Raynaud’s Disease and Marijuana Information: Treat Raynaud’s Disease With Cannabis

Raynaud’s disease occurs when one’s peripheral blood vessels overreact to cold. When the blood vessels of the hands or feet overreact to cold stimulus, they momentarily collapse (vasoconstriction).

In healthy individuals, the circulatory system in the body’s extremities, such as the fingers and toes, reacts to conserve heat in cold conditions. Small arteries that supply the skin with oxygen narrow to minimize the amount of heat lost through the exposed skin surface.

For individuals with Raynaud’s disease – also called Raynaud’s phenomenon or syndrome – this reaction is taken further than the standard response. These blood vessels go into total shutdown.

There are three distinct phases to an episode of Raynaud’s disease. When first exposed to cold, small arteries respondwith intense contractions (vasoconstriction). The affected fingers or toes (in rare instances, the tip of the nose or tongue) become pale and white because they are derived of blood, and thus, oxygen. In response, capillaries and veins expand (dilate). Because these vessels are carrying deoxygenated blood, the affected area then becomes blue in color. The area often feels cold and tingly or numb. After the area begins to warm up, the arteries dilate. Blood flow is significantly increased. This changes the color of the area to a bright red. During this phase, persons often describe the affected areas as feeling warm and throbbing painfully.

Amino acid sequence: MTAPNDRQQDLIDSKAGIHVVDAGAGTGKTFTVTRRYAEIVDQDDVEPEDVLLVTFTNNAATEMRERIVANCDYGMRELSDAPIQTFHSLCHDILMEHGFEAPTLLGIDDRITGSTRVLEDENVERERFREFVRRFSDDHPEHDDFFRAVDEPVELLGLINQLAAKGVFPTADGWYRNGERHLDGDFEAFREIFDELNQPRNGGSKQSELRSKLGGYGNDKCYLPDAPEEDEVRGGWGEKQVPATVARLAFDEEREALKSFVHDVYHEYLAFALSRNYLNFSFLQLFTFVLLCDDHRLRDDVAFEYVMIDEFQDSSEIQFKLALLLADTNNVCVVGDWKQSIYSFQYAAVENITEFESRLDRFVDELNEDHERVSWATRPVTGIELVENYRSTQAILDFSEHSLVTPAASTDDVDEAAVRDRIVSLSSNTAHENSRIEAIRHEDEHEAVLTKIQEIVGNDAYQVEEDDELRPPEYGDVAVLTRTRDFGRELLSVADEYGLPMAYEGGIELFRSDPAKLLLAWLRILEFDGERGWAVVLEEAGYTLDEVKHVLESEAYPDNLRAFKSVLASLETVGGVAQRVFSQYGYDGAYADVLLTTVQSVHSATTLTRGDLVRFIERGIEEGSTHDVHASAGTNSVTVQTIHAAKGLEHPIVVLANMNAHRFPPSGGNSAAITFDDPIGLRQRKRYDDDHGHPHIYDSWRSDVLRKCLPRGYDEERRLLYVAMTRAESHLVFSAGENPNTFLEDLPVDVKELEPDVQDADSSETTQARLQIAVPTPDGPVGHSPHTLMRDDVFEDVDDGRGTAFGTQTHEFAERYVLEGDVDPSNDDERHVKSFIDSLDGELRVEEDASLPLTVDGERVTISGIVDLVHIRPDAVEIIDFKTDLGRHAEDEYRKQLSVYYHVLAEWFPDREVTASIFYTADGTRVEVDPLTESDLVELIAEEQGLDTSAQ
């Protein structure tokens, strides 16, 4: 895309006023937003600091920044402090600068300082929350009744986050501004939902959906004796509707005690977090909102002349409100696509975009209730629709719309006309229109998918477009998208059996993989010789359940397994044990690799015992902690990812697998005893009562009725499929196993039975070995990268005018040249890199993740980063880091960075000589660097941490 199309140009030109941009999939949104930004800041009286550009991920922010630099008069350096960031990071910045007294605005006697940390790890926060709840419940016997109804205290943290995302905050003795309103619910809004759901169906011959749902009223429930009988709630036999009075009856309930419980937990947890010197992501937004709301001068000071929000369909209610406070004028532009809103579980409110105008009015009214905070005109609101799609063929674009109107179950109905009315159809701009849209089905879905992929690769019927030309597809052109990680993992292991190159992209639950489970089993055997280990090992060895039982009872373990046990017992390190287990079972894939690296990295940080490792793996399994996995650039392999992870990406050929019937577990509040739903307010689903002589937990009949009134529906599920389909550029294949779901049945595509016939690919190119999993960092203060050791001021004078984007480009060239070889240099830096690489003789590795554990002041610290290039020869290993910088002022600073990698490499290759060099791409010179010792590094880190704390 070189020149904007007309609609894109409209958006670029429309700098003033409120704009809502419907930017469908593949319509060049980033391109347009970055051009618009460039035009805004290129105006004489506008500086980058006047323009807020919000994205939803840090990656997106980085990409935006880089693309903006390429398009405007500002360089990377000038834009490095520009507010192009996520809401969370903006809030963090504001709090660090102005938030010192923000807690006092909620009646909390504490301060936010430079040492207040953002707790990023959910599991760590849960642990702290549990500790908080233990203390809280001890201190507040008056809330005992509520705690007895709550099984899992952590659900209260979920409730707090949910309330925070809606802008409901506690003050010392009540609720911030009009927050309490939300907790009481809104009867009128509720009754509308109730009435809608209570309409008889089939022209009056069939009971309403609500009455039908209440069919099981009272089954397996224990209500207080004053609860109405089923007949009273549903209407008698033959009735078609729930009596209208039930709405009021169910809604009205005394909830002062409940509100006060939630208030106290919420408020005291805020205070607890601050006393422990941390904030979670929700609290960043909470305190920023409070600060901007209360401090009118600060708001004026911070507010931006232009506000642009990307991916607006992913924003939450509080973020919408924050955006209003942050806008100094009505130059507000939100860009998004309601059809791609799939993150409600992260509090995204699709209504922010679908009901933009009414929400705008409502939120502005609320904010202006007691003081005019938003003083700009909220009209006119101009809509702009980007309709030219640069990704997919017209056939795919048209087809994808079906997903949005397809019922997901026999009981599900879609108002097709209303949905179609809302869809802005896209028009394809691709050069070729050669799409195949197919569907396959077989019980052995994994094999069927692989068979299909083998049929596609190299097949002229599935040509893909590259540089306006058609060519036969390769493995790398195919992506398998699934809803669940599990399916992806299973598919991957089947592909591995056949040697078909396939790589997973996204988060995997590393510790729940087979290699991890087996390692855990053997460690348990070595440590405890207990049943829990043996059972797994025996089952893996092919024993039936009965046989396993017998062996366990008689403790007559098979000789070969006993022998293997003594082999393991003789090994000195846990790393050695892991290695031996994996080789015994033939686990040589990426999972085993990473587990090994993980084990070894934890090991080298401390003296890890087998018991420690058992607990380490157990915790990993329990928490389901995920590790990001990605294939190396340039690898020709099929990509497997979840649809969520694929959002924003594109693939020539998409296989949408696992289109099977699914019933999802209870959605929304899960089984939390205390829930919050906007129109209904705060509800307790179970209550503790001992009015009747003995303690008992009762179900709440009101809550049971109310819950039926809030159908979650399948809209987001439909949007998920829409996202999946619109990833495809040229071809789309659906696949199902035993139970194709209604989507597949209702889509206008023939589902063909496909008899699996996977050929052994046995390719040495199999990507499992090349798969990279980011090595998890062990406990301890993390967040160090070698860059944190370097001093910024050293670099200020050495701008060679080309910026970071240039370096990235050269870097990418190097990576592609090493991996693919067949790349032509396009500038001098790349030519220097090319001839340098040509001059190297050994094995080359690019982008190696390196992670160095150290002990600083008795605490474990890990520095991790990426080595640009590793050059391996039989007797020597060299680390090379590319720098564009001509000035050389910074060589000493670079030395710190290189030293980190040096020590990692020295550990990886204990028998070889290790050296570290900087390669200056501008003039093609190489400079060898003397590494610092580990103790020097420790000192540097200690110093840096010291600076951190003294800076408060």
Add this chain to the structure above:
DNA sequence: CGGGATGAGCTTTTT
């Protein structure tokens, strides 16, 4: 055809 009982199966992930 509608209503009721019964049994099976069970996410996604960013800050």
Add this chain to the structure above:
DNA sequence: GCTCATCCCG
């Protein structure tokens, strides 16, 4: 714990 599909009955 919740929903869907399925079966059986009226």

Clinical Information Related to Raynaud’s Disease and Medical Marijuana

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